This pepper comes from the northern regions of Indonesia and bears fruit all year round. The main harvest time is in March. Andaliman pepper grows wild and cannot be cultivated, which makes it very rare. Harvested by hand in the jungle, the vines are dried in the Indonesian sun in reed baskets, where the Andaliman loses almost 90% of its weight. This surprising and rare Indonesian pepper has a wonderful lemon flavour and the slightly numbing bite of Sichuan peppercorn. Andaliman is, in fact, a distant relative of the Sichuan pepper and is characterized by lime and mandarin flavors. Andaliman has a lemon-like aroma, and warm peppery flavor, and creates a tongue-numbing sensation. People from outside North Sumatra commonly misidentify the spice as the Sichuan pepper (Zanthoxylum piperitum), its closest relative from China. But the andaliman plant flourishes exclusively in the Batak highlands.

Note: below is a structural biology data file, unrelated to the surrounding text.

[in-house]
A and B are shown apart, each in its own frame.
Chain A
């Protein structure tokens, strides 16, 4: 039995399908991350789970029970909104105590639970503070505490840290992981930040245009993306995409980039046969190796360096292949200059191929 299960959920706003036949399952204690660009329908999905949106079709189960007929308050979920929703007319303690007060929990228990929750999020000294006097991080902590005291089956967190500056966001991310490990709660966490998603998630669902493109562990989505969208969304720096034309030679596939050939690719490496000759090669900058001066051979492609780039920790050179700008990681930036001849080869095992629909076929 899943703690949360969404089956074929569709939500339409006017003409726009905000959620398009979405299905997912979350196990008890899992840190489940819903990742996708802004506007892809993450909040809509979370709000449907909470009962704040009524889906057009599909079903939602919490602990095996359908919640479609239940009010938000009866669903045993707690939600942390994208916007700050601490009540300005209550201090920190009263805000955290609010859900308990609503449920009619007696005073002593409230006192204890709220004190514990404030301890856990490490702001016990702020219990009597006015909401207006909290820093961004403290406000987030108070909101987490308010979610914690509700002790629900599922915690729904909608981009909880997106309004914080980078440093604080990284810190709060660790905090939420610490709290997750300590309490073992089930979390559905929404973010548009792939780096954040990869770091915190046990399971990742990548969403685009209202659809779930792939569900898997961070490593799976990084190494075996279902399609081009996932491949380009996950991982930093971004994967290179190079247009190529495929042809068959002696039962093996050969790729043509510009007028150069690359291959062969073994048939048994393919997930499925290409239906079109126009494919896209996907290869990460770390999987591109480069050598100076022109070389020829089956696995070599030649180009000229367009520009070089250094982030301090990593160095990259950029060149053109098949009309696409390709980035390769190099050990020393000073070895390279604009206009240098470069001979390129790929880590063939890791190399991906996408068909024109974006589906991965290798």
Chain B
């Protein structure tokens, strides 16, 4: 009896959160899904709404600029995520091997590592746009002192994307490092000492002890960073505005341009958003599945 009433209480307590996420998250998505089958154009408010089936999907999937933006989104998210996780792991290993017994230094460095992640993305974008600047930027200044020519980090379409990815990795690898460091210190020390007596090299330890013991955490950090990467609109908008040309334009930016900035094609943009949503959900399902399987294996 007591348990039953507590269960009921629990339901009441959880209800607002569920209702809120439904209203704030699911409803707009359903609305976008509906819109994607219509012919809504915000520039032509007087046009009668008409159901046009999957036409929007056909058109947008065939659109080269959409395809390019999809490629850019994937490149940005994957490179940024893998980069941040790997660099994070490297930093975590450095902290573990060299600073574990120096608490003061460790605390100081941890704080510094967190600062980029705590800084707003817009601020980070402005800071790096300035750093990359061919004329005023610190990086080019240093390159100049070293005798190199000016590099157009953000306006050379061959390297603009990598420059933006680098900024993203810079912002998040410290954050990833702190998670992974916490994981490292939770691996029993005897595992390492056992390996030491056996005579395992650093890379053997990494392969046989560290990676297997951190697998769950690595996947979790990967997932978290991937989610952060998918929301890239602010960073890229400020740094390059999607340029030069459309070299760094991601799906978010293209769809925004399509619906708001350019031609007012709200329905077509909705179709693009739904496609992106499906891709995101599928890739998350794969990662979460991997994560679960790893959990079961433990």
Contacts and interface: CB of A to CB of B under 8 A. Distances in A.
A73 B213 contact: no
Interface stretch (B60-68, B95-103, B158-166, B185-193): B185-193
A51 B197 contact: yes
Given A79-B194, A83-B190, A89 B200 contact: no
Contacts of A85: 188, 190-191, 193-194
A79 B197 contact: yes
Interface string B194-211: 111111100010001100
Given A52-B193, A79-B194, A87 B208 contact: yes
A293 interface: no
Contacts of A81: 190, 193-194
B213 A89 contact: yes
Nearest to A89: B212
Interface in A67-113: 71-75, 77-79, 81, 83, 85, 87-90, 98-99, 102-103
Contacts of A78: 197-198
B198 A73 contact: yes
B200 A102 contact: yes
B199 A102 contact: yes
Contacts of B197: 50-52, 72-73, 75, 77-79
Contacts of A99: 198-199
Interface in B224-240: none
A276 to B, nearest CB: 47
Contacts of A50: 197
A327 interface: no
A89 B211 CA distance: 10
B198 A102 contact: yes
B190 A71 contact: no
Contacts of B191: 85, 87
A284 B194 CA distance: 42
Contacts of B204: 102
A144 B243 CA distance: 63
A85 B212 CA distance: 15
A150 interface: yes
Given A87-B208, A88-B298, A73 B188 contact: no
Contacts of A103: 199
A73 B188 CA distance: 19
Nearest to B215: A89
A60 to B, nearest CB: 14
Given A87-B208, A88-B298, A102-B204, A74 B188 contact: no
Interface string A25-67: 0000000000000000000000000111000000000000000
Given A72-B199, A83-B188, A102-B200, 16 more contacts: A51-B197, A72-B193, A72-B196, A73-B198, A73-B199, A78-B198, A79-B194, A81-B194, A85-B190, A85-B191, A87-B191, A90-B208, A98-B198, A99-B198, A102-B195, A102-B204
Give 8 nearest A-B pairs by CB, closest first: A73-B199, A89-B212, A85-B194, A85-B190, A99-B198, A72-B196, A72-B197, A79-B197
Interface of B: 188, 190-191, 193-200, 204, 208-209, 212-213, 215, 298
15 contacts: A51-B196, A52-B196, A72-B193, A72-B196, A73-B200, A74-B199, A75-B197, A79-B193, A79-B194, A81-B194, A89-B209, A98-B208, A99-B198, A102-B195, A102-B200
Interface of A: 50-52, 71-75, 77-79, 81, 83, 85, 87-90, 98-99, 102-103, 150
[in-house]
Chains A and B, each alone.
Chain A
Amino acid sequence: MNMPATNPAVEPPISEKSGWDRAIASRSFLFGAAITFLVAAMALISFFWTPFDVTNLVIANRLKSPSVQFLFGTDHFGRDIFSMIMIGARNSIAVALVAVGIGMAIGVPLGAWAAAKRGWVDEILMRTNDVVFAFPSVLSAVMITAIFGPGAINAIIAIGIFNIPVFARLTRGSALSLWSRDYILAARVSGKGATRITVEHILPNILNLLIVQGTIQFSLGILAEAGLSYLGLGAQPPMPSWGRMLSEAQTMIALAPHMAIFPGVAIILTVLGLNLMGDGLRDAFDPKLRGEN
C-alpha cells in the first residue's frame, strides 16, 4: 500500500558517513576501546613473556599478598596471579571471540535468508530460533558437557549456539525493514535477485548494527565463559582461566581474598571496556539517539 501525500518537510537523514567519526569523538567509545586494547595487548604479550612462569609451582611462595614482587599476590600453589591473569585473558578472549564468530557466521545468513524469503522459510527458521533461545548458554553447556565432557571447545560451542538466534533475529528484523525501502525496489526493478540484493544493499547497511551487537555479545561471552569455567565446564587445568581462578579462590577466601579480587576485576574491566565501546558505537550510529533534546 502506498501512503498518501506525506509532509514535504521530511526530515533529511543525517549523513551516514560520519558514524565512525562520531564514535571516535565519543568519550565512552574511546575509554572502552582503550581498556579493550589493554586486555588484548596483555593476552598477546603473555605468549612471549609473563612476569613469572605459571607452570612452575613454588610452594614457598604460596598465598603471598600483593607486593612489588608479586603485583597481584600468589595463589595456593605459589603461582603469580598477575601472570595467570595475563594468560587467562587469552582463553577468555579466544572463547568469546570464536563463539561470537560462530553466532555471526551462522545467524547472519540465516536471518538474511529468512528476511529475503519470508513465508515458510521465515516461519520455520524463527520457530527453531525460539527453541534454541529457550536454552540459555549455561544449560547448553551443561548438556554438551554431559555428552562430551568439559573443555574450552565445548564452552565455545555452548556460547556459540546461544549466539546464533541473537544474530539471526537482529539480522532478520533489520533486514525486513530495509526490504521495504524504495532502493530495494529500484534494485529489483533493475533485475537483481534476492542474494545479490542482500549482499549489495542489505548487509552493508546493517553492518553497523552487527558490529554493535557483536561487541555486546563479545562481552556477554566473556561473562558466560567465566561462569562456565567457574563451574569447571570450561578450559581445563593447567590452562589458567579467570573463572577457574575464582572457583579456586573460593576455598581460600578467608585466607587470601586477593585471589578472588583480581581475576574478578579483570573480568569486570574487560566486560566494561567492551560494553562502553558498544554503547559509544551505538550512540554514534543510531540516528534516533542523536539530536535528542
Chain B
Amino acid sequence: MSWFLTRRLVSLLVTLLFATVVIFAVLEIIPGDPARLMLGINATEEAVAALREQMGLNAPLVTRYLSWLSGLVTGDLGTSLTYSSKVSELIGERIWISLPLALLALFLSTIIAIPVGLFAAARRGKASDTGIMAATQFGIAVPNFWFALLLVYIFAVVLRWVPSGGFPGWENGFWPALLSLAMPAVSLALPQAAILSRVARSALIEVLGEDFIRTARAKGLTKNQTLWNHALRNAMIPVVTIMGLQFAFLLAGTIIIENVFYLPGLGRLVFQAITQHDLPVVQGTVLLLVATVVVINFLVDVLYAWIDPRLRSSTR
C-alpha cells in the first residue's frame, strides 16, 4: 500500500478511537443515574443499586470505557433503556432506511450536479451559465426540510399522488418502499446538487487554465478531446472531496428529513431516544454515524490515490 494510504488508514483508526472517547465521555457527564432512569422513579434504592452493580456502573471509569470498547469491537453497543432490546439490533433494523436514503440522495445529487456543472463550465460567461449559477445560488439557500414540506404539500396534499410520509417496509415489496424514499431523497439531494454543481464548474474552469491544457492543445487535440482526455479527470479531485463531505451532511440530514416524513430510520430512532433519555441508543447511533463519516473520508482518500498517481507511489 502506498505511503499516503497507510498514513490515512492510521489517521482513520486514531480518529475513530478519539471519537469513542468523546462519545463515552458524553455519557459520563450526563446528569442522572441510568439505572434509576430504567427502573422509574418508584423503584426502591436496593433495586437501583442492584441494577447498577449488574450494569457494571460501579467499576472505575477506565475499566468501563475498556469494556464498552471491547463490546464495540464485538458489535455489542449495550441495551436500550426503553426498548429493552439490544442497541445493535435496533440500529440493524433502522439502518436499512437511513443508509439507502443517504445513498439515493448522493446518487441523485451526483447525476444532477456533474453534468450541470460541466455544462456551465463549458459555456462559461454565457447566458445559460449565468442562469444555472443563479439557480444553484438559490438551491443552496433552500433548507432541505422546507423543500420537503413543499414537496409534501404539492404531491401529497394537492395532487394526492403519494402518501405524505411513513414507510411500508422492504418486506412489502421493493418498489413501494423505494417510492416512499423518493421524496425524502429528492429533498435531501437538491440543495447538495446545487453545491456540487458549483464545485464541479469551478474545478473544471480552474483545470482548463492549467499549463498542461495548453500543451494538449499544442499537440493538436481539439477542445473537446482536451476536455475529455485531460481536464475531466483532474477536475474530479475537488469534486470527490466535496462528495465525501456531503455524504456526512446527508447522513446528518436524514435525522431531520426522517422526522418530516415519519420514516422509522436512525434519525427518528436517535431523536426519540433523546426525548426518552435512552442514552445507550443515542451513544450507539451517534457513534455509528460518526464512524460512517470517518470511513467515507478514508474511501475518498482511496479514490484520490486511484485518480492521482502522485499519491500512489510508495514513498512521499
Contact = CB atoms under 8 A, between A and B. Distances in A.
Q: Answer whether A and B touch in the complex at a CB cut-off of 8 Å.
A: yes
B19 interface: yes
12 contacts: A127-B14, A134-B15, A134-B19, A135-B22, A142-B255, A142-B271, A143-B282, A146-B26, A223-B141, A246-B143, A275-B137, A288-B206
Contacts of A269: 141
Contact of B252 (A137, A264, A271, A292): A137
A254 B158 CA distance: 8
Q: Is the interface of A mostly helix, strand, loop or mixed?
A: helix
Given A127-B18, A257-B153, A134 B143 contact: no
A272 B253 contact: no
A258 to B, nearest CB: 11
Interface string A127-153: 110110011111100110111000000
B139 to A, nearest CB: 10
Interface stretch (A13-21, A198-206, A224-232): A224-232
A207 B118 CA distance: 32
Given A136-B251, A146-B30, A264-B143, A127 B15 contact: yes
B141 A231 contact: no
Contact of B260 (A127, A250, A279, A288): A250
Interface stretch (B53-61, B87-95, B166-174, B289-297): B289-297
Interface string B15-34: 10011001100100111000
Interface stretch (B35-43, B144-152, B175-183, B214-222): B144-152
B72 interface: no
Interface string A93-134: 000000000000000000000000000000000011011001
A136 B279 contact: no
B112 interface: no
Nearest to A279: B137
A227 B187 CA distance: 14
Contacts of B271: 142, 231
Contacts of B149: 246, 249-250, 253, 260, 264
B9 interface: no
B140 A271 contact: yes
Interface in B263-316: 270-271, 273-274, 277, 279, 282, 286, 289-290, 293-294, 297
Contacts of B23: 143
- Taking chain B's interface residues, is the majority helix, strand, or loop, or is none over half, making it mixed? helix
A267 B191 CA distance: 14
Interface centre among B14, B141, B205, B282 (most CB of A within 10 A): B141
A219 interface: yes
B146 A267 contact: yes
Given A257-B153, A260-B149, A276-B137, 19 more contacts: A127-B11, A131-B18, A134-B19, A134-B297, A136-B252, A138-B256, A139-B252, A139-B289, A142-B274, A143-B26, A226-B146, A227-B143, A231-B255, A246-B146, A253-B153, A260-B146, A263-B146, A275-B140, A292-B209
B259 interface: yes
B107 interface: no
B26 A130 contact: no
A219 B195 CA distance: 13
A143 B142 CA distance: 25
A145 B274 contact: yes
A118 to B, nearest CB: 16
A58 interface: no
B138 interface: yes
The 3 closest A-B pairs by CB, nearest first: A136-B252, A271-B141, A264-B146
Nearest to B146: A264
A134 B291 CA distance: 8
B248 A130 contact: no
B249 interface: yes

Wild harvested Andaliman java pepper
The little twigs attached to the Andaliman peppercorns are also edible and full of flavors, so don't discard them! Grind them with the peppercorns in your mortar or electric grinder. It goes well with meat and fish of all kinds. It also pairs well with chilies and curries. It can be used whole in simmered recipes and sauces. The Bataks mix Andaliman with galangal, turmeric, garlic, ginger, kaffir lime leaves, shallots, lemongrass and chilies to season poultry, pork and fish dishes.
Indonesia, Sumatra 100% Wild harvested